Review Blog

Mar 01 2013

Interview with Angela Sunde by Fran Knight

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Adelaide, February 18, 2013.
Teacher's College in New Zealand in the 70's, like Australia, had a bond system.Those who were the recipients of education department bursaries for university degrees meant that once you completed your studies you were bound to the education facility for a number of years. Fortunately when Angela Sunde completed her training, teaching jobs in New Zealand were scarce, and so her bond was revoked, giving her the opportunity to apply for work in Australia. Another happy emigre was welcomed to our shores adding to our cultural achievements.
First work was in Melbourne, where temperatures range from 14C to 34C just in one day, as a secondary teacher of German. Angela was heavily involved in the Goethe Institute, winning a scholarship to Germany to work and study. Back in Australia, she and her husband decided to move to the Gold Coast after her mother and siblings moved there from New Zealand. Here she worked for several years, but having children meant reducing her time in schools, so she worked in primary schools for some years, developing an empathy and understanding of younger children and their reading needs.
But changes here, meant that she no longer felt happy, having to teach in two schools with reduced time given to languages, so she took a TAFE course in writing for children and has never looked back. Finding something you are passionate about is most gratifying and within this genre of children's literature, she was able to tap into her inner self and write.
Pond Magic, her first novel for upper primary students was published in 2010, and another in the same series, Aussie Chomps, was written but unfortunately missed the boat, that wonderful series having been shelved by Penguin.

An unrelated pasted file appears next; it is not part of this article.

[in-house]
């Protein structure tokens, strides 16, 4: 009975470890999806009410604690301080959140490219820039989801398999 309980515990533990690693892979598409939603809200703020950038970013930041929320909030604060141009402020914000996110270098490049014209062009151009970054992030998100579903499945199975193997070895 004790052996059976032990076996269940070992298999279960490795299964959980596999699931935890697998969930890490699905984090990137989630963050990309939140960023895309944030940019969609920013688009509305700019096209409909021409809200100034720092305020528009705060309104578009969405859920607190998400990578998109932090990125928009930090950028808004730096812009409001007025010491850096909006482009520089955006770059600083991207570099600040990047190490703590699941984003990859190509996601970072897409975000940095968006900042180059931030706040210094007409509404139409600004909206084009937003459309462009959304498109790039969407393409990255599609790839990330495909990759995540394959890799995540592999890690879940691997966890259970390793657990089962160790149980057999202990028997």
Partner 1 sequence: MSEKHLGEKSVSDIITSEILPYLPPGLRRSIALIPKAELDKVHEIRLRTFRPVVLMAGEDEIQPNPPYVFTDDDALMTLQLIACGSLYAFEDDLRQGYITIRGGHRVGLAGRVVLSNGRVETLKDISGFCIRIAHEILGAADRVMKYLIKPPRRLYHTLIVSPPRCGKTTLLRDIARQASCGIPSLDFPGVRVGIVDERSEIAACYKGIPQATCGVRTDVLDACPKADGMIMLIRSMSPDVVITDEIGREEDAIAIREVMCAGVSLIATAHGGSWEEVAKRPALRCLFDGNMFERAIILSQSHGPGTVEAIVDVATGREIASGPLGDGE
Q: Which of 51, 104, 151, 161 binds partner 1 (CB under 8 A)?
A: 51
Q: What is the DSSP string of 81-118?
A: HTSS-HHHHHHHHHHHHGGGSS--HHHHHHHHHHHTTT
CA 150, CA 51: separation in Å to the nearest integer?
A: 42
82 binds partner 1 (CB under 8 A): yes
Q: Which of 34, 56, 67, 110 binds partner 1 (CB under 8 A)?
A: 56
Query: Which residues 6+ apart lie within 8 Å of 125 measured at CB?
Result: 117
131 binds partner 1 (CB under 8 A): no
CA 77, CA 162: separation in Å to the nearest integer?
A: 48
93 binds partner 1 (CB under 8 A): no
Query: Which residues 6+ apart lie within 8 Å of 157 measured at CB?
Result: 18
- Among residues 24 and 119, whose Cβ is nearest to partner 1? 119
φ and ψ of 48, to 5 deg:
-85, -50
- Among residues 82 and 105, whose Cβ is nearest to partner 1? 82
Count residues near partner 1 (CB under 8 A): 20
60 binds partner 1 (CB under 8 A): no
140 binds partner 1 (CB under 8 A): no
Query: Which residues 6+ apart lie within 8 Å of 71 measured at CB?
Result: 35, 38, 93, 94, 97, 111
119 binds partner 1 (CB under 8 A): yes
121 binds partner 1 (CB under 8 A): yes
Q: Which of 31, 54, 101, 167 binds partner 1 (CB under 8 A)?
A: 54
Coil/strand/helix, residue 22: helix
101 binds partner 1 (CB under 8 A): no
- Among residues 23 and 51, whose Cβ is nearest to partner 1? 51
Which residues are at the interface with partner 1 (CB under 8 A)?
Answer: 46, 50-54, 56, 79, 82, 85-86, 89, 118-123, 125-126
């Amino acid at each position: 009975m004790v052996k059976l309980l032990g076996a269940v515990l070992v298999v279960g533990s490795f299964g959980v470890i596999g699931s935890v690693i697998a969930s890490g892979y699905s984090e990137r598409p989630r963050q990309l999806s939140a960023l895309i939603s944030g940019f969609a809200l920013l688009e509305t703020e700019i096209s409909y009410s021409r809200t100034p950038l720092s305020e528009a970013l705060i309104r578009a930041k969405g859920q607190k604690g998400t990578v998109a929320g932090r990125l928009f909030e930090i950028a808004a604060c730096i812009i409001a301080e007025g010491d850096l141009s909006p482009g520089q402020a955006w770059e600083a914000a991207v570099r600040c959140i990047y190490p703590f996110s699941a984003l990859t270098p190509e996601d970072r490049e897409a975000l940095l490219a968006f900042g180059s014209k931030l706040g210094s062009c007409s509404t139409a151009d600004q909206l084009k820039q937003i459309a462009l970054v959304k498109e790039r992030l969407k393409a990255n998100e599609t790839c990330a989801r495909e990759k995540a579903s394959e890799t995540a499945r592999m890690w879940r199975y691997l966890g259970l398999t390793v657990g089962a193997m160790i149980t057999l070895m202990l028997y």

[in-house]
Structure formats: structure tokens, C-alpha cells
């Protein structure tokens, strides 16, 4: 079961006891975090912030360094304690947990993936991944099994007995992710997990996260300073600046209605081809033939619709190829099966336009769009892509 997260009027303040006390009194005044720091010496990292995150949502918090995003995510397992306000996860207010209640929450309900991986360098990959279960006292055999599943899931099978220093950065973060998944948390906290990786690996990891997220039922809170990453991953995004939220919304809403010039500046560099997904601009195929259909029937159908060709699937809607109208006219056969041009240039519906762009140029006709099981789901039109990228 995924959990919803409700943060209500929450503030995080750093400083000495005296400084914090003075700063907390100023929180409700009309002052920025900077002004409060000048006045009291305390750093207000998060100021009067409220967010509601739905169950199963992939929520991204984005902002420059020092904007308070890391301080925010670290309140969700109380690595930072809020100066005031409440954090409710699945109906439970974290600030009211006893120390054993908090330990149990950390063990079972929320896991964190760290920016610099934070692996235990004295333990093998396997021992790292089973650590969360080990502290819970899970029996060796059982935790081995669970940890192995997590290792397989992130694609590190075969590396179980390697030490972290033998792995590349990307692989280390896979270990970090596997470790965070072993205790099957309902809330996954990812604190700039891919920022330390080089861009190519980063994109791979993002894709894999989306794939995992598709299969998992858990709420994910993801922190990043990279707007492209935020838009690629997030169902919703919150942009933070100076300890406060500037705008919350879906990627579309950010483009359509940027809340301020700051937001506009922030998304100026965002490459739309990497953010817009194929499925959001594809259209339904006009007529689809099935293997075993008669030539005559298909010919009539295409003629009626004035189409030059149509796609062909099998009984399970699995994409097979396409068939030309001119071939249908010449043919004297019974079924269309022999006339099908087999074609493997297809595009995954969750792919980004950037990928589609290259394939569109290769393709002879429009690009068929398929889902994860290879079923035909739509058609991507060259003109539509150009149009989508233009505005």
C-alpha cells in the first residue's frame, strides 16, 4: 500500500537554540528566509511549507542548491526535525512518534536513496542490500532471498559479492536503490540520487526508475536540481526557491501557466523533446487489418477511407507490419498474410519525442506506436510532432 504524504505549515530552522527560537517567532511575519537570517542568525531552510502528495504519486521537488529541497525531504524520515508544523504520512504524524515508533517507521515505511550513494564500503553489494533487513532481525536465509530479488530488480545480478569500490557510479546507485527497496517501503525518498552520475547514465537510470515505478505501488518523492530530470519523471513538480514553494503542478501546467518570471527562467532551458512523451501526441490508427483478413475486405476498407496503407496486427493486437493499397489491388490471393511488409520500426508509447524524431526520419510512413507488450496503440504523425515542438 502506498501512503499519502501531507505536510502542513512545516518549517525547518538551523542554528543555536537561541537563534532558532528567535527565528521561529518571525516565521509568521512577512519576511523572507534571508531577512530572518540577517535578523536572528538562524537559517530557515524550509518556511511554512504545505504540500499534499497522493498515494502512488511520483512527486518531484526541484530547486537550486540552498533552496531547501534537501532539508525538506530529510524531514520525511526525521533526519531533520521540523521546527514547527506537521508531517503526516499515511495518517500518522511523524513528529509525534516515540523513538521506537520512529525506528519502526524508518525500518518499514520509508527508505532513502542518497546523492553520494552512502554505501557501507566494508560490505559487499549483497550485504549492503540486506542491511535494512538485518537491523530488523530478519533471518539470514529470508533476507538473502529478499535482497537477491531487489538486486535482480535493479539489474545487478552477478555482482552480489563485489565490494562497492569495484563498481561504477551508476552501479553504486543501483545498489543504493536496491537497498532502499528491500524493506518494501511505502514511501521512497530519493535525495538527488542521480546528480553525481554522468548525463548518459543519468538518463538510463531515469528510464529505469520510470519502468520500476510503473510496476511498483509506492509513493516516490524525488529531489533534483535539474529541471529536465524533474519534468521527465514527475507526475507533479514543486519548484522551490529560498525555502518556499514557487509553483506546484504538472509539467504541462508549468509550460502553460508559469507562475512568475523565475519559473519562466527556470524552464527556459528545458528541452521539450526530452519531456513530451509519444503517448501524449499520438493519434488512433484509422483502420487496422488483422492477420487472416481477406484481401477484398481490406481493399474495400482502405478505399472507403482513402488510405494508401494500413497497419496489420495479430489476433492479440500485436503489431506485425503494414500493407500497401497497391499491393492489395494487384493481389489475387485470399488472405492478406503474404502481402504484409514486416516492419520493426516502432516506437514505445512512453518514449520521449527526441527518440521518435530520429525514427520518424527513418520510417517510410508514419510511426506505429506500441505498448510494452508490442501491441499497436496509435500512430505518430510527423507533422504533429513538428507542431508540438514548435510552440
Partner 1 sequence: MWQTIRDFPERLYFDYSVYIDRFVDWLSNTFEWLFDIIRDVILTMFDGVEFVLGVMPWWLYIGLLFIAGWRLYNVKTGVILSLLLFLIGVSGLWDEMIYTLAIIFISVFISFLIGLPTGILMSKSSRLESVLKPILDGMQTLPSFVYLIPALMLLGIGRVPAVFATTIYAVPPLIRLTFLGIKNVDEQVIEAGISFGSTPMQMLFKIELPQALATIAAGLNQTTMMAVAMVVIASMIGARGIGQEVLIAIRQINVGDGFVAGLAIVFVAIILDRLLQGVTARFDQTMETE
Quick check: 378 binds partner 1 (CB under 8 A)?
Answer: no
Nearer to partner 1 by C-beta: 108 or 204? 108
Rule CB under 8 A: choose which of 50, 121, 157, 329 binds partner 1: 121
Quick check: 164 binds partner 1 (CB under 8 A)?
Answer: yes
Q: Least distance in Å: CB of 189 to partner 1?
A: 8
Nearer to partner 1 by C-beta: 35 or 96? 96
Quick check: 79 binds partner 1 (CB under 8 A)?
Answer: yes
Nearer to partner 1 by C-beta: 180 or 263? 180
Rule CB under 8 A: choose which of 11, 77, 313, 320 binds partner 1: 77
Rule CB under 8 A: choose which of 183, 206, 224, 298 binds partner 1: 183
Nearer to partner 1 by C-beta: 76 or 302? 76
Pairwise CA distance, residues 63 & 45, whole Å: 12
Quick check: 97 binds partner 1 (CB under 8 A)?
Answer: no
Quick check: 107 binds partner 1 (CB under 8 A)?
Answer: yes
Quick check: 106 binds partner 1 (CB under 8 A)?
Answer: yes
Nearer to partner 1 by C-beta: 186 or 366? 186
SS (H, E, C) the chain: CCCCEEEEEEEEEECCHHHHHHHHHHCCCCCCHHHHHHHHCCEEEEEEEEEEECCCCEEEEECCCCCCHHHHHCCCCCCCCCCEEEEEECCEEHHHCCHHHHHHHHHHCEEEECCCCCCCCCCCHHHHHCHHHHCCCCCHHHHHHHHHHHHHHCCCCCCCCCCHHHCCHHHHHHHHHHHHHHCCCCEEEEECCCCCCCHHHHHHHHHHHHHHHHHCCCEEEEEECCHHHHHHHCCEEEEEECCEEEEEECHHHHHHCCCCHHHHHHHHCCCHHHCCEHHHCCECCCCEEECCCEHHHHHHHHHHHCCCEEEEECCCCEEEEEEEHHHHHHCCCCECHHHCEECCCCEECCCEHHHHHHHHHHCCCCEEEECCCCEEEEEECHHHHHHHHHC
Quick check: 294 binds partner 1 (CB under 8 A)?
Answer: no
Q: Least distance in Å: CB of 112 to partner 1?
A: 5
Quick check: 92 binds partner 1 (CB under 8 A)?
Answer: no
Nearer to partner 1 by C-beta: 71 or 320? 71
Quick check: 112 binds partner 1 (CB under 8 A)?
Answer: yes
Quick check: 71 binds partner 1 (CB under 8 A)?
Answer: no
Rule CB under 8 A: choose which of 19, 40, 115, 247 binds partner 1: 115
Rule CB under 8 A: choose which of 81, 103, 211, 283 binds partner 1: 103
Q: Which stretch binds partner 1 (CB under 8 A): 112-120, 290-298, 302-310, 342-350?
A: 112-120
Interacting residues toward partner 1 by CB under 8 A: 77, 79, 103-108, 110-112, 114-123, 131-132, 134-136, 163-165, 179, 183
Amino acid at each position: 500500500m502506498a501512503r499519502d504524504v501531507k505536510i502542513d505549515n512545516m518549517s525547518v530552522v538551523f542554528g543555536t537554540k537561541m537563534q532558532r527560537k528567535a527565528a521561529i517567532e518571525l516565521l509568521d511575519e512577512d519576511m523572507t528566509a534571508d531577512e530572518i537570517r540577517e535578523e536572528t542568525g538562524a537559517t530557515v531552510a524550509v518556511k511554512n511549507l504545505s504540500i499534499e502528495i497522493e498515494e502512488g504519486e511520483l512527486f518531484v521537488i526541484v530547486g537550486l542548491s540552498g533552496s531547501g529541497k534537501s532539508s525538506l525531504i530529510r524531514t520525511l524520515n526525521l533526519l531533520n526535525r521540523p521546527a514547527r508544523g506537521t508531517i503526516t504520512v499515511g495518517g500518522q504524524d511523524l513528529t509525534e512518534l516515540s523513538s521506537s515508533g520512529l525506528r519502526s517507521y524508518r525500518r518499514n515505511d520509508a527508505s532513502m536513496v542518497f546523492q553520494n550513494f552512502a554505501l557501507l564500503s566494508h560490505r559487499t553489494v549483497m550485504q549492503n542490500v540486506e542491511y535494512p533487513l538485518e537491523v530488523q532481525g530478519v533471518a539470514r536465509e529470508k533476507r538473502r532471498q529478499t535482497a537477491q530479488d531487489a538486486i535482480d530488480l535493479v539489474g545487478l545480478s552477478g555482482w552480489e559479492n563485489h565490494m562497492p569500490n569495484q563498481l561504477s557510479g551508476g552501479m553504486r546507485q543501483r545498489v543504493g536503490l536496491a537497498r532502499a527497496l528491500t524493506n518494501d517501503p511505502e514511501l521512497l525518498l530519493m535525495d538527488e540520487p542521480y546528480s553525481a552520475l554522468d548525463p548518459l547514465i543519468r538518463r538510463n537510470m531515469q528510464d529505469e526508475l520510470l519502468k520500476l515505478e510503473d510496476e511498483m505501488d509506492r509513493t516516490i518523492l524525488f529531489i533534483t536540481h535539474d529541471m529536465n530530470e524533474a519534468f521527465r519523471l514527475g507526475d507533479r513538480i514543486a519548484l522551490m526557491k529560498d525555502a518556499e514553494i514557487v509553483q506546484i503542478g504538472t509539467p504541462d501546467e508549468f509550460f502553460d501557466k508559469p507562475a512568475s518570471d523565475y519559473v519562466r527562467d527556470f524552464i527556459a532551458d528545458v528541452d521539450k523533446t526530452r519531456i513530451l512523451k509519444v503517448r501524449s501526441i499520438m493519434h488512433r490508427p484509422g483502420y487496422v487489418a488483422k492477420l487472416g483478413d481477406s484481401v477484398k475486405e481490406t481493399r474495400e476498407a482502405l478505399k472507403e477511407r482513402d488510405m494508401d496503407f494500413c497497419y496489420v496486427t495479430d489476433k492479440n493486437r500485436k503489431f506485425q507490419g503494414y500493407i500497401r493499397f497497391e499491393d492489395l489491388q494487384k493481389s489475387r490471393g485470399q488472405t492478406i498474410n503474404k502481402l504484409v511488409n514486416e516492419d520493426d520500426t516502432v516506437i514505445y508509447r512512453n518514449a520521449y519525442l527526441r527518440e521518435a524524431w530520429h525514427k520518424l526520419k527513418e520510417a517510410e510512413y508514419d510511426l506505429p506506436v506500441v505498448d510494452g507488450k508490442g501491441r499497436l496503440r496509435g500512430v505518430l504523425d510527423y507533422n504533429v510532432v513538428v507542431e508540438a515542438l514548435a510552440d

In Pond Magic, 12 year old Lily notices that her face is changing colour. Later she notices that her feet are becoming webbed and now and again a croak emanates from her mouth and she wins the breast stroke race at the school swimming carnival by miles. What to do? When her family, the Padds, take on an exchange student from France, Lily finds a neat solution to her problem and all is resolved.
The light touch of Lily's story is part of its charm. The continuing puns on all things green, webby and French are pitched at just the right level of humour for this age group and I for one, reread the story hoping there would be a sequel.
Moving to the Gold Coast meant that Angela was also able to access the events aimed at helping emerging writers. She has been to the CYA Conferences in Brisbane each year since its inception six years ago, listening to the authors and publishers speak about their work, while having access to publishers and being able to pitch her own work. At these conferences many budding authors are able to get a publisher interested in their work, and see how their work sounds while talking to others. Through these conferences too, Angela has made some wonderful friends in the writing and illustrating world.
Awarded one of the 2013 May Gibbs Fellowships, Angela has been able to stay at the apartment in Norwood, meet fellow authors and illustrators in Adelaide, and meet some of the publishing world here. Working on her next book, The Blue Tutu, Angela was grateful to have spoken to Dyan Blacklock, allowing her to see her story from a different perspective and with renewed vigour.
Angela spends some of her time volunteering for organisations using illustrating as a forum. The event, One Word - One Day sees a group of illustrators given one word to use as the basis for an illustration during the day. The illustrations are taken to Sydney where they are auctioned and the money so raised goes to the Indigenous Literacy Foundation. This is backed by the Australian Society of Authors. She and the writers' group in the Gold Coast to which she belongs, Prana Writers, entered the 'Write a Book in a Day' competition recently. A hellish task, but Angela and her group won the day! (won National First Place in the open section and raised $980 for the Royal Children's Hospital in Brisbane)
I asked Angela about her blog, which can be found here, as it seems to me that many authors spend a lot of time on their blogs, possibly taking time away from writing. She agreed, but admitted that lately while in Adelaide, she had been posting a short piece each day on her blog, while she usually limits it to one post a month.
For more information about Angela Sunde see here and on the Puffin website.
Fran Knight

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